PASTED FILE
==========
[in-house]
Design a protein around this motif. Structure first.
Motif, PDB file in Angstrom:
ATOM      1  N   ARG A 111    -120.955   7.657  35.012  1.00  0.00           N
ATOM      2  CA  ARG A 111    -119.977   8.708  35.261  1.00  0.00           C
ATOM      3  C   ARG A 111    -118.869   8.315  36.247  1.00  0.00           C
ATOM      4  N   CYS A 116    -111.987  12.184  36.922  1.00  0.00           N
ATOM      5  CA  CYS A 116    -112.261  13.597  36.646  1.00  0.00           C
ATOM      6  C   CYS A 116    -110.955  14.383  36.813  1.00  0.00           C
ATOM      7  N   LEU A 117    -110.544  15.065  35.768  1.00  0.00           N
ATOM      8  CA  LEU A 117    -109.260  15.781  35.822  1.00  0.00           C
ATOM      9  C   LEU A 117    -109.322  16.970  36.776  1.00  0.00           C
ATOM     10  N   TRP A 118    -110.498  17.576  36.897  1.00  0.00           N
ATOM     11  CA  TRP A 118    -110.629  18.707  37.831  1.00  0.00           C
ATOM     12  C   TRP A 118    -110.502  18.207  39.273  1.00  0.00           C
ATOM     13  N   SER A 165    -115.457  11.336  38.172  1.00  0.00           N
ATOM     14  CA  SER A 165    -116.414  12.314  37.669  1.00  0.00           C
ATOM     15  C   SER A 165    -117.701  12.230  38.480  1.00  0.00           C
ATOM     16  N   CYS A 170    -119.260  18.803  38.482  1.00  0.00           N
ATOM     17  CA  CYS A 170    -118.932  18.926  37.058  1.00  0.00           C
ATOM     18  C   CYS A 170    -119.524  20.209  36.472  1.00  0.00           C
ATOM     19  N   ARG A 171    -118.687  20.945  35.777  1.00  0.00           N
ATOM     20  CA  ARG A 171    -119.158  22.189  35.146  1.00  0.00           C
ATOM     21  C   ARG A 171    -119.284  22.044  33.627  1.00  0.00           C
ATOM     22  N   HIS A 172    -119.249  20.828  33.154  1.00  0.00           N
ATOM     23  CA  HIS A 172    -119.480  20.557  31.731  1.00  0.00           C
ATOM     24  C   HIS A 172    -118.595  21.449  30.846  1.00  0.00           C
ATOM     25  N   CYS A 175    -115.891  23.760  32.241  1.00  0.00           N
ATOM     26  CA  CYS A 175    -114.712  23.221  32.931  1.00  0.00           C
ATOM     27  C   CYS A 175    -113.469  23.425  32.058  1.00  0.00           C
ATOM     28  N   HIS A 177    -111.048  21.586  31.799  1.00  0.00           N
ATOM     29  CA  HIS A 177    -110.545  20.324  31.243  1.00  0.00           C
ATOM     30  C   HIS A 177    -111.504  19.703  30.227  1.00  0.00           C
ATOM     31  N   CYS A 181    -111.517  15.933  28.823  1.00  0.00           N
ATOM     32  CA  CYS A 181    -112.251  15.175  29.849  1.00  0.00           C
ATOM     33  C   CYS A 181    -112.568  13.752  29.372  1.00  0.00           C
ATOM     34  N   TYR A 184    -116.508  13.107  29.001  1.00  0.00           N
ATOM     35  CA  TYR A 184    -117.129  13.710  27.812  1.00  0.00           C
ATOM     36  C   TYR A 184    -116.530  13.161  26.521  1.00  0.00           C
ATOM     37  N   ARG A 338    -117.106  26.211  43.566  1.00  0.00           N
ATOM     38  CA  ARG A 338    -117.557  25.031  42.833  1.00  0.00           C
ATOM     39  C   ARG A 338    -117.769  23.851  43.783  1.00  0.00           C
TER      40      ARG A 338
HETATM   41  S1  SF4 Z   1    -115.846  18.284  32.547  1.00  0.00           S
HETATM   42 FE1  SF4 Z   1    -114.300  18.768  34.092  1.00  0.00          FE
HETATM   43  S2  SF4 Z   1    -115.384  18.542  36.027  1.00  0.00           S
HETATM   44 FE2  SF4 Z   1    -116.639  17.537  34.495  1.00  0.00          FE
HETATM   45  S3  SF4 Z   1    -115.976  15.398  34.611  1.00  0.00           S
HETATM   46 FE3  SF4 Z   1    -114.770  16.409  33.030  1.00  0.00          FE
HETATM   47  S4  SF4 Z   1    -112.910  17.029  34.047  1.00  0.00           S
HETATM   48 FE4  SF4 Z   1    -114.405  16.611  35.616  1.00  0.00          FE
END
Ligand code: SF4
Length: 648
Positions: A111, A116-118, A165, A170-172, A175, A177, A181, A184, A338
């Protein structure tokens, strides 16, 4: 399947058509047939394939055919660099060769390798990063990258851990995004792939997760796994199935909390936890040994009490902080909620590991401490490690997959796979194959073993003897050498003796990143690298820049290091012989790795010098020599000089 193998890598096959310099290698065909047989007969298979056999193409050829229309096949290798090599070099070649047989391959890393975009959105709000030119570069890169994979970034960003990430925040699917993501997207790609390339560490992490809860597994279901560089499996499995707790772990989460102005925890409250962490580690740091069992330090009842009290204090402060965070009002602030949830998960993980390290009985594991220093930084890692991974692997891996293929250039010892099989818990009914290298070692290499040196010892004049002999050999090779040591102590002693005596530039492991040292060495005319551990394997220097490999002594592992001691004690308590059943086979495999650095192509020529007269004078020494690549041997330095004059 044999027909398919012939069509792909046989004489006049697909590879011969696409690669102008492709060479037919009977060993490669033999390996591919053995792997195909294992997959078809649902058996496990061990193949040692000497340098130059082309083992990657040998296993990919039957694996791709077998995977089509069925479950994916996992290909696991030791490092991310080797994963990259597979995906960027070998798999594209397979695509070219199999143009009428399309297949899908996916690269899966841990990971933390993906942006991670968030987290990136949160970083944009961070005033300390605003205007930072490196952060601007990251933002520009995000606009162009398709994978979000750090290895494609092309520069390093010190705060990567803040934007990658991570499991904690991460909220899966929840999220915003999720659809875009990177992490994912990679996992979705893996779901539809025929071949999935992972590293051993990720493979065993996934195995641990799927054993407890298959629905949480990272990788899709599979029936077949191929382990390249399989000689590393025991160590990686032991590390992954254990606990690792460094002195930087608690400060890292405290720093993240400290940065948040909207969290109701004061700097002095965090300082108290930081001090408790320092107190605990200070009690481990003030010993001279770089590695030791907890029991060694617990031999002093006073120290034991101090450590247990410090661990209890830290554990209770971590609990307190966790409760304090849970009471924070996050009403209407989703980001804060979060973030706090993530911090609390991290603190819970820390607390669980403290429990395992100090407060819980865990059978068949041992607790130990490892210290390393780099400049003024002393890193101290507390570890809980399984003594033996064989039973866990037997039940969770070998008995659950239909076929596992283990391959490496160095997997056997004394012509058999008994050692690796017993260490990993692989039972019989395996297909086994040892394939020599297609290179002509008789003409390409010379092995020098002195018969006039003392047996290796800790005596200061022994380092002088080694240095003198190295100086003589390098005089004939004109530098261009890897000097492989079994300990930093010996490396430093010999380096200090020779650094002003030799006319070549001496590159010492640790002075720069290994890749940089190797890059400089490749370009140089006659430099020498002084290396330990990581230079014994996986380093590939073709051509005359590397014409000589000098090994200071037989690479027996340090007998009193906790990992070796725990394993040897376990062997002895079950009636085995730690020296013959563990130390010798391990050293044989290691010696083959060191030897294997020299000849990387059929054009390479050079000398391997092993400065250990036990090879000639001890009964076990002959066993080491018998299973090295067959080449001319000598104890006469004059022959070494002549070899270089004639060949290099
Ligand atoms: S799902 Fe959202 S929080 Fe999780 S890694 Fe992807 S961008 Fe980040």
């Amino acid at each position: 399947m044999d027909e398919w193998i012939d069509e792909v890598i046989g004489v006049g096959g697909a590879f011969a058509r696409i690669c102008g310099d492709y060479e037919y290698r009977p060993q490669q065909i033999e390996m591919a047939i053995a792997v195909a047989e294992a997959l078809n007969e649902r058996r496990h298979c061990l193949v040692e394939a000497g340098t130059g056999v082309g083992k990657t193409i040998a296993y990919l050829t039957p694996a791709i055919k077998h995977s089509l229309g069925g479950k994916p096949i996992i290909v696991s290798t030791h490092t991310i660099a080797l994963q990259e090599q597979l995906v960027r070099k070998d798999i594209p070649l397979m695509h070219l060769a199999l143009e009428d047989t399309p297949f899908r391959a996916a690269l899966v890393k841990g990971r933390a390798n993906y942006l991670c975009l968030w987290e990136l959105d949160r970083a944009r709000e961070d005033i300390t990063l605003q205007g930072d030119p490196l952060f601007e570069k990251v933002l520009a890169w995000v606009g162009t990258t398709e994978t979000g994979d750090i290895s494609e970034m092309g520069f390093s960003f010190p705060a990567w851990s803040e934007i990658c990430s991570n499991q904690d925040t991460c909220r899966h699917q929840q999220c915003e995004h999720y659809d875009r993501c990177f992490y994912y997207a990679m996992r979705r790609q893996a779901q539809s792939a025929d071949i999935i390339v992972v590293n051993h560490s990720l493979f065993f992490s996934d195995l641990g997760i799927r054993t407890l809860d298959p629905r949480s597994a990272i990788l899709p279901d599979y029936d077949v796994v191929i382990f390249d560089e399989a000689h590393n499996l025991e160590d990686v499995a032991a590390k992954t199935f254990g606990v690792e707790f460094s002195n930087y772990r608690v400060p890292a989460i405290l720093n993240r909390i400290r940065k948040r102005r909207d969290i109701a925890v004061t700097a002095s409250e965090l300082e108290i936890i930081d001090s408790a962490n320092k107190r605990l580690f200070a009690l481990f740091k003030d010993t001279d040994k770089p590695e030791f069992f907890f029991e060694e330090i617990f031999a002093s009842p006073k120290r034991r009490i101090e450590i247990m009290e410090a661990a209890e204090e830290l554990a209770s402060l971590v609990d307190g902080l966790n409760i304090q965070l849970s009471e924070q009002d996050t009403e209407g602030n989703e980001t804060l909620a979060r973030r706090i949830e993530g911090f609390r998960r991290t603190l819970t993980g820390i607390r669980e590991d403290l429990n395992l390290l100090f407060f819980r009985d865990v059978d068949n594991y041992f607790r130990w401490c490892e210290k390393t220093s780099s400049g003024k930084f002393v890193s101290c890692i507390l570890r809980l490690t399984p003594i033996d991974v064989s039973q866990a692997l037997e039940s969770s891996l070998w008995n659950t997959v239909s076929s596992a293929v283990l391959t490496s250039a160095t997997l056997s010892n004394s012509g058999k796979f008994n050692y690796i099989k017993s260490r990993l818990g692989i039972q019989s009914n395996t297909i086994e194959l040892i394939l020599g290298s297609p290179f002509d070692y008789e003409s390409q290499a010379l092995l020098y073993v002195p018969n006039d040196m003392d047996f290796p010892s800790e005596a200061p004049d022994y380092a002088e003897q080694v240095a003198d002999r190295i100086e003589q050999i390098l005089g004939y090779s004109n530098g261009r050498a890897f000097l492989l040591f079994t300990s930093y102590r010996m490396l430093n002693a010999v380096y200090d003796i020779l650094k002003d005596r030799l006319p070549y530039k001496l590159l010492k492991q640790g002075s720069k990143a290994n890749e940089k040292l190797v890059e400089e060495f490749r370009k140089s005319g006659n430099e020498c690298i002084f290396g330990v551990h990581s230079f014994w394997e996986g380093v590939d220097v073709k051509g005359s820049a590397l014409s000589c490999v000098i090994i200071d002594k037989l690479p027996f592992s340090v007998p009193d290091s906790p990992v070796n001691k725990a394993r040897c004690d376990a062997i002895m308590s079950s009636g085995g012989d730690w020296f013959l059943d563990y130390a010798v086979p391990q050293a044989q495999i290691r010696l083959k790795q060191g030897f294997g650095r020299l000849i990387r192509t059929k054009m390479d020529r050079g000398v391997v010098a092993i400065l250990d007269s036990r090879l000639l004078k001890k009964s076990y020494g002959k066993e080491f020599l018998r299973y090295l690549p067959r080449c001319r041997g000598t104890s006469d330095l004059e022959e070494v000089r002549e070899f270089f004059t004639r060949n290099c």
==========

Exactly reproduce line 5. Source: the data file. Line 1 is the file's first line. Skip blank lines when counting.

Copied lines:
ATOM      2  CA  ARG A 111    -119.977   8.708  35.261  1.00  0.00           C